The Voice of Notre Dame, predecessor of the more familiar daily Observer, appeared somewhat irregularly every week or so between 1963 and 1966, though issues were sometimes printed as little as two days apart.
The Observer started providing news for the University of Notre Dame and Saint Mary's College starting in the fall of 1966, first as a weekly, then bi-weekly, and soon as a daily newspaper. Starting with the issue of October 10, 2009, the Notre Dame / Saint Mary's Observer appeared online (http://ndsmcobserver.com/).
Insight: Notre Dame proposed to "cultivate a sharper perception of this particular university, focusing on segments of the educational programs, penetrating the amze of campus research and development, and narrating the University's involvement in world problems."
The Notre Dame Report serves as the official record of University business and includes minutes of select University committees, other documentation issued by the University, faculty and committee rosters, and information on faculty and administrator's honors, activities, and publications. A colorful magazine that included many photographs and eye-catching typographical designs, Insight: Notre Dame lasted until 1971. So far we have digitized 1966-1969.
The Diocese of Louisiana and the Floridas, established in 1793, took in all the territory from the Rocky Mountains to the Atlantic Ocean and from Canada to the Gulf of Mexico except the territory of the Diocese of Baltimore (i.e., territory belonging to the United States). Before 1793 Louisiana had been under the juristiction of the Diocese of Santiago de Cuba, before 1762 under the authority of the Diocese of Quebec.
The collection contains chiefly papers of bishops Luis Penalver y Cardenas; other correspondents include the Capuchin bishop, Cyril Antonio Sieni, better known as Bishop Cyril of Barcelona, who was the first resident bishop to have jurisdiction over Louisiana, 1784-1793; Rev. Thomas Hassett, administrator of Louisiana, 1801-1803; and Father Antonio de Sedella, auxiliary vicar and pastor of the parish of St. Louis, New Orleans, who was a leader in the power disputes that plagued the new diocese in the first years of the 19th century.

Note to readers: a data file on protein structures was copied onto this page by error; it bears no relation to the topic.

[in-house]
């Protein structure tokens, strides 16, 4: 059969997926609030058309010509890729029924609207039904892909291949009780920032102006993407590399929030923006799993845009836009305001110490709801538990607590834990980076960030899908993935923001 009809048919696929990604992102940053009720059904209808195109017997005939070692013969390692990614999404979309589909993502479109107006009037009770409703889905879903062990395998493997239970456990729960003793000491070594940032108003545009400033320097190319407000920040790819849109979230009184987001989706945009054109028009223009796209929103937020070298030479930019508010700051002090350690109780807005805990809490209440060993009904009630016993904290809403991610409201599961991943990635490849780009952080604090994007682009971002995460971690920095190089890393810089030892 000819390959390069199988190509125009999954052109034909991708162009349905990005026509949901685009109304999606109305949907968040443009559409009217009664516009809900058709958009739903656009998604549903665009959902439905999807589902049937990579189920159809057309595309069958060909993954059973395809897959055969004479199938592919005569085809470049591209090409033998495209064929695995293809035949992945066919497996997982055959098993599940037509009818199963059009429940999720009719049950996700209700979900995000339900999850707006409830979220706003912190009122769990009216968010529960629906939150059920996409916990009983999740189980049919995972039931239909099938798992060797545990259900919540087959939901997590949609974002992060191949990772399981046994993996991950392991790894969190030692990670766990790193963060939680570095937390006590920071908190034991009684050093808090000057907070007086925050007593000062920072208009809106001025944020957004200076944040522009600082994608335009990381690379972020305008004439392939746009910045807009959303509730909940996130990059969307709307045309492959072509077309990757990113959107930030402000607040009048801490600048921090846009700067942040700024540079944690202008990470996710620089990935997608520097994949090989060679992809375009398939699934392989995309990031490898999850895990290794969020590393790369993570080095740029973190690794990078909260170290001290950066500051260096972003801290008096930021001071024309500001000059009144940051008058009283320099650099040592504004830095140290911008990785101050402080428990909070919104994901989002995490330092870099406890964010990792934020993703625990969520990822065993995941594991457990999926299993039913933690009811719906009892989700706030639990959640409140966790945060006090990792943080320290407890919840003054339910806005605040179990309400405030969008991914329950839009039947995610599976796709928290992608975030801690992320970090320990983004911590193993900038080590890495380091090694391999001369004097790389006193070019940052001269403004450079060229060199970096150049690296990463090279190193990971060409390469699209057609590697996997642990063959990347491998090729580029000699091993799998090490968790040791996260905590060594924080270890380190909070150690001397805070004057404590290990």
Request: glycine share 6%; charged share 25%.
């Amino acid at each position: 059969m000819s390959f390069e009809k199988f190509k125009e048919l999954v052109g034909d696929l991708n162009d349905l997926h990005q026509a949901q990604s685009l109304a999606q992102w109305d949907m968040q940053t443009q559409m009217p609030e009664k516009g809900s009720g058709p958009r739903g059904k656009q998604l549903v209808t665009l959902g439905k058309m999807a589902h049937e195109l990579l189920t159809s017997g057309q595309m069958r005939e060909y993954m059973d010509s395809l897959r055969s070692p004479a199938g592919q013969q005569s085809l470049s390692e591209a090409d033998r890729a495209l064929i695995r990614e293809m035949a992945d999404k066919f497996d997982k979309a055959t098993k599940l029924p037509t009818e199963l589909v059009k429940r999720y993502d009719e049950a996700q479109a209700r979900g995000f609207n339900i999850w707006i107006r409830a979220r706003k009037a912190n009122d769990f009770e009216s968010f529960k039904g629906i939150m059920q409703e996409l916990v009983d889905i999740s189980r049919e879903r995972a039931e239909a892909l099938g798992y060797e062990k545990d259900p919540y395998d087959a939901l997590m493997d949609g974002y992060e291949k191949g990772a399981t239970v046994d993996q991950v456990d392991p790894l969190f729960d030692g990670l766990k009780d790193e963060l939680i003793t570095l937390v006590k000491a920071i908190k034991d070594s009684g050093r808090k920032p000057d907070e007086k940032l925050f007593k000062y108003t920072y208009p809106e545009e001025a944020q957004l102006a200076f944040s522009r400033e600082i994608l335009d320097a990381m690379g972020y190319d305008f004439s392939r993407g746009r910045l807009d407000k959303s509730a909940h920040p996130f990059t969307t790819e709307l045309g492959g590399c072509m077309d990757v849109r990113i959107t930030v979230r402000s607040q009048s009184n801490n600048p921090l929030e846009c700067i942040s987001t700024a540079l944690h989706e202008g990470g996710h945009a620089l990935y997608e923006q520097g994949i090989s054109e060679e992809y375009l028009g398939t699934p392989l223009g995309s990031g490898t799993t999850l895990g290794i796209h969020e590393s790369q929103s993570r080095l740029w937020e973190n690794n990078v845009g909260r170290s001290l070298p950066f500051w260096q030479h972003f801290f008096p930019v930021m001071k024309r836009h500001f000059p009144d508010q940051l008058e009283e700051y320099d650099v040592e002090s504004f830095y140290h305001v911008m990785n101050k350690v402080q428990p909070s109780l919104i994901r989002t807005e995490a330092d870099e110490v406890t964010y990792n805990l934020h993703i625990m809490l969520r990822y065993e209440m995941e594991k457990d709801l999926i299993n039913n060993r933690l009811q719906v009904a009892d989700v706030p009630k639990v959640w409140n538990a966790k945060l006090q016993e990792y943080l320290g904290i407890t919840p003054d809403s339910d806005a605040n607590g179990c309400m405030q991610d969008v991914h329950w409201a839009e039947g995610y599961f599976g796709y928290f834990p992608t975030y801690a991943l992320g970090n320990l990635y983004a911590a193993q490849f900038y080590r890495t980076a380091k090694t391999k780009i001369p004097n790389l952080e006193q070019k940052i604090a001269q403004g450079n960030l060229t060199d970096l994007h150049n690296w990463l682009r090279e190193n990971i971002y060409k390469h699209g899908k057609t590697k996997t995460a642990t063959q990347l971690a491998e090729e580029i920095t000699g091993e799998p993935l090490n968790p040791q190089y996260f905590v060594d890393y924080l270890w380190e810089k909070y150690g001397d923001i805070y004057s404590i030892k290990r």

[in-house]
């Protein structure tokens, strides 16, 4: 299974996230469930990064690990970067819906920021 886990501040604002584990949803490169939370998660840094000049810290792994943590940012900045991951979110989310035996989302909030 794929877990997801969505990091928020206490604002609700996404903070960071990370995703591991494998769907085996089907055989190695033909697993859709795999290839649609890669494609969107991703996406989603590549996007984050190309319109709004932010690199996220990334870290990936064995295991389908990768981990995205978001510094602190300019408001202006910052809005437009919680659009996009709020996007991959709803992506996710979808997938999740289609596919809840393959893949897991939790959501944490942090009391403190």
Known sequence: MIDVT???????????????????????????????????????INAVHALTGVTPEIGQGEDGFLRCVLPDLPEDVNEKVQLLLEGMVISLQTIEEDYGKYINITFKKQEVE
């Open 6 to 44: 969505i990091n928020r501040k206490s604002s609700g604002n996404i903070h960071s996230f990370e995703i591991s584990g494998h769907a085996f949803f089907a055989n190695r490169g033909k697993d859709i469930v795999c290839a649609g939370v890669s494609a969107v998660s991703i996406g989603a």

The William Tecumseh Sherman Family Papers, deposited in the University of Notre Dame Archives by Miss Eleanor Sherman Fitch, the granddaughter of General Sherman, prior to her death in 1959, consist of correspondence, clippings, photographs, scrapbooks, diaries, various legal papers and documents, cancelled checks, bank books, financial ledgers, drafts for and copies of articles, speeches and military orders, and explanatory notations. This material ranged from 1808 to 1959 and consisted of originals, photostats, microfilm, typewritten copies and handwritten copies.
This digital collection is based on the microfilm edition, sponsored by the National Historical Publications Commission, completed in 1967. Original items belonging to the period up to and including the year 1891 -- the year of General Sherman's death -- have been included.
Letters written and received by Edward Sorin, founder of the University of Notre Dame, elected Superior General of the Congregation of Holy Cross in 1868; correspondents include Vicar General Augustus Mary Martin at Terre Haute, Indiana, and Saint Theodore Guerin, Mother Superior of the Sisters of Providence at St. Mary of the Woods, Indiana, and bishops and clergy especially members of the Congregation of Holy Cross. In French and English.
Subtitled "Heroism of the Cross, or Nuns and Priests of the Battlefield," this manuscript tells the story of religious men and women who served as chaplains and nurses during the Civil War. We have digitized the original manuscript and the typewritten transcription.
Father Julius A. Nieuwland, CSC, inventor of neoprene (synthetic rubber), was a professor of botany and organic chemistry at the University of Notre Dame, 1904-1936. The Julius A. Nieuwland Papers include the correspondence digitized here along with other material such as notebooks, manuscripts, pamphlets, patents, receipts, clippings, and writings about Nieuwland.
Work in Progress: We are digitizing Father Hesburgh's speeches, the earliest of which are available here.
Records of the Catholic Peace Fellowship, one of several Catholic peace collections in the University of Notre Dame Archives, include Manuscripts of talks and articles, organizational material for protest activities, newspaper and magazine clippings, press statements, photographs, and letters, with correspondence with Daniel and Philip Berrigan, Thomas Merton, James Forest, Dorothy Day, Thomas Cornell, George McGovern, and Robert F. Kennedy. The CPF published a bulletin, and we have issues dating from 1965 to 1978 available here.
From the Conference on the History of Women Religious we have papers delivered at the triennial conferences, the History of Women Religious News and Notes (1988-2011), and a small quantity of background information and mailing lists. We have made the News and Notes available here.